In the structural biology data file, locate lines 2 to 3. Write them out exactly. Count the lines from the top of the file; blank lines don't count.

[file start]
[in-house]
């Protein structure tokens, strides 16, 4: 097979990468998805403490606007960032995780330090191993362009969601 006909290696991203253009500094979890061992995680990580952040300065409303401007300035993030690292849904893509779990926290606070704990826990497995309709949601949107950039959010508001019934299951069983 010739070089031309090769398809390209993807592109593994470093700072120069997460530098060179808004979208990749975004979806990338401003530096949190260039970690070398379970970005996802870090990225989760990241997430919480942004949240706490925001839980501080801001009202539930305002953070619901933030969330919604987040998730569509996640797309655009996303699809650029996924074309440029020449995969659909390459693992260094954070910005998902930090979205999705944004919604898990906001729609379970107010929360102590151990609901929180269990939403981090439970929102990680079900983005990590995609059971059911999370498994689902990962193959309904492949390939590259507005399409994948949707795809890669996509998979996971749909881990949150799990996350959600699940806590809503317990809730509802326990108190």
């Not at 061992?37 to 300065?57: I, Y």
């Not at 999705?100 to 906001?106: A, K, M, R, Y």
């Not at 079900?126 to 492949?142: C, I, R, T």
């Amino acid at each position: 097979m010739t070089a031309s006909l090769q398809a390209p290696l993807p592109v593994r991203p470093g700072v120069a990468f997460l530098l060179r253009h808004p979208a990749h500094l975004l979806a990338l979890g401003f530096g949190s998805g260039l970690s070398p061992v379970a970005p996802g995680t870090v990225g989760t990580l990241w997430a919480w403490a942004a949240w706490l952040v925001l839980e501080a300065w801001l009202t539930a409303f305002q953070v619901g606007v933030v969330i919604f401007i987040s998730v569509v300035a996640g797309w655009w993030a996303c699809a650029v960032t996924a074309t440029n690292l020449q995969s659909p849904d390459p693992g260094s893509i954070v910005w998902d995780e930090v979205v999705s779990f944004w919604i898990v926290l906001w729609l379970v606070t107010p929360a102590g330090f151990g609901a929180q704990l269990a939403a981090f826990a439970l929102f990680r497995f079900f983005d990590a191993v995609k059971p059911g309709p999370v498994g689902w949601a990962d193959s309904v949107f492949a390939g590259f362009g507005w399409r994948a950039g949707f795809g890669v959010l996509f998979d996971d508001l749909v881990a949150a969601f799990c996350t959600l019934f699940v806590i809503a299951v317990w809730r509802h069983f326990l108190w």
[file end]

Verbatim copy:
């Protein structure tokens, strides 16, 4: 097979990468998805403490606007960032995780330090191993362009969601 006909290696991203253009500094979890061992995680990580952040300065409303401007300035993030690292849904893509779990926290606070704990826990497995309709949601949107950039959010508001019934299951069983 010739070089031309090769398809390209993807592109593994470093700072120069997460530098060179808004979208990749975004979806990338401003530096949190260039970690070398379970970005996802870090990225989760990241997430919480942004949240706490925001839980501080801001009202539930305002953070619901933030969330919604987040998730569509996640797309655009996303699809650029996924074309440029020449995969659909390459693992260094954070910005998902930090979205999705944004919604898990906001729609379970107010929360102590151990609901929180269990939403981090439970929102990680079900983005990590995609059971059911999370498994689902990962193959309904492949390939590259507005399409994948949707795809890669996509998979996971749909881990949150799990996350959600699940806590809503317990809730509802326990108190």
């Not at 061992?37 to 300065?57: I, Y």